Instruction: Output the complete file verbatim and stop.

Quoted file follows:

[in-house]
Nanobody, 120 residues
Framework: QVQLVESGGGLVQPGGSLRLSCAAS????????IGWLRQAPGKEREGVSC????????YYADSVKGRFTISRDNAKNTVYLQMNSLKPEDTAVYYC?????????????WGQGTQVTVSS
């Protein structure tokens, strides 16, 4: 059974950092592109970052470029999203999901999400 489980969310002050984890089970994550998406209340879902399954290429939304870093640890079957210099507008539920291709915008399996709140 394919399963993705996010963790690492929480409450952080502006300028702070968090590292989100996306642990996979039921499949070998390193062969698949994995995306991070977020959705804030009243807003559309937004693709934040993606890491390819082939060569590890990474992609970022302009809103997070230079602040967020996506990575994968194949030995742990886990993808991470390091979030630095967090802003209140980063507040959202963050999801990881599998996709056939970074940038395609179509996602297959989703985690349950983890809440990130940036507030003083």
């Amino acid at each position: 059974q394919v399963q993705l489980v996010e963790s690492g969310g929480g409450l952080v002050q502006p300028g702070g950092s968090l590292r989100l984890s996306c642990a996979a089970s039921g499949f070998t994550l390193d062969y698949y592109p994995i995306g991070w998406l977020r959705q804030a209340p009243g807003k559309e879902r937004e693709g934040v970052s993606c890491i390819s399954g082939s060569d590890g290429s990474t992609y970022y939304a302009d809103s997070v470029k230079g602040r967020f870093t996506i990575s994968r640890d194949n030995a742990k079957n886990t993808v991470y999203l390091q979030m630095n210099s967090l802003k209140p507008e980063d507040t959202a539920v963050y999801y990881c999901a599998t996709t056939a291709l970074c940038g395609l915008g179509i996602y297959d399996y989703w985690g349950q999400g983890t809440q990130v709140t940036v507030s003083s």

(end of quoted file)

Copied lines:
[in-house]
Nanobody, 120 residues
Framework: QVQLVESGGGLVQPGGSLRLSCAAS????????IGWLRQAPGKEREGVSC????????YYADSVKGRFTISRDNAKNTVYLQMNSLKPEDTAVYYC?????????????WGQGTQVTVSS
């Protein structure tokens, strides 16, 4: 059974950092592109970052470029999203999901999400 489980969310002050984890089970994550998406209340879902399954290429939304870093640890079957210099507008539920291709915008399996709140 394919399963993705996010963790690492929480409450952080502006300028702070968090590292989100996306642990996979039921499949070998390193062969698949994995995306991070977020959705804030009243807003559309937004693709934040993606890491390819082939060569590890990474992609970022302009809103997070230079602040967020996506990575994968194949030995742990886990993808991470390091979030630095967090802003209140980063507040959202963050999801990881599998996709056939970074940038395609179509996602297959989703985690349950983890809440990130940036507030003083």
């Amino acid at each position: 059974q394919v399963q993705l489980v996010e963790s690492g969310g929480g409450l952080v002050q502006p300028g702070g950092s968090l590292r989100l984890s996306c642990a996979a089970s039921g499949f070998t994550l390193d062969y698949y592109p994995i995306g991070w998406l977020r959705q804030a209340p009243g807003k559309e879902r937004e693709g934040v970052s993606c890491i390819s399954g082939s060569d590890g290429s990474t992609y970022y939304a302009d809103s997070v470029k230079g602040r967020f870093t996506i990575s994968r640890d194949n030995a742990k079957n886990t993808v991470y999203l390091q979030m630095n210099s967090l802003k209140p507008e980063d507040t959202a539920v963050y999801y990881c999901a599998t996709t056939a291709l970074c940038g395609l915008g179509i996602y297959d399996y989703w985690g349950q999400g983890t809440q990130v709140t940036v507030s003083s």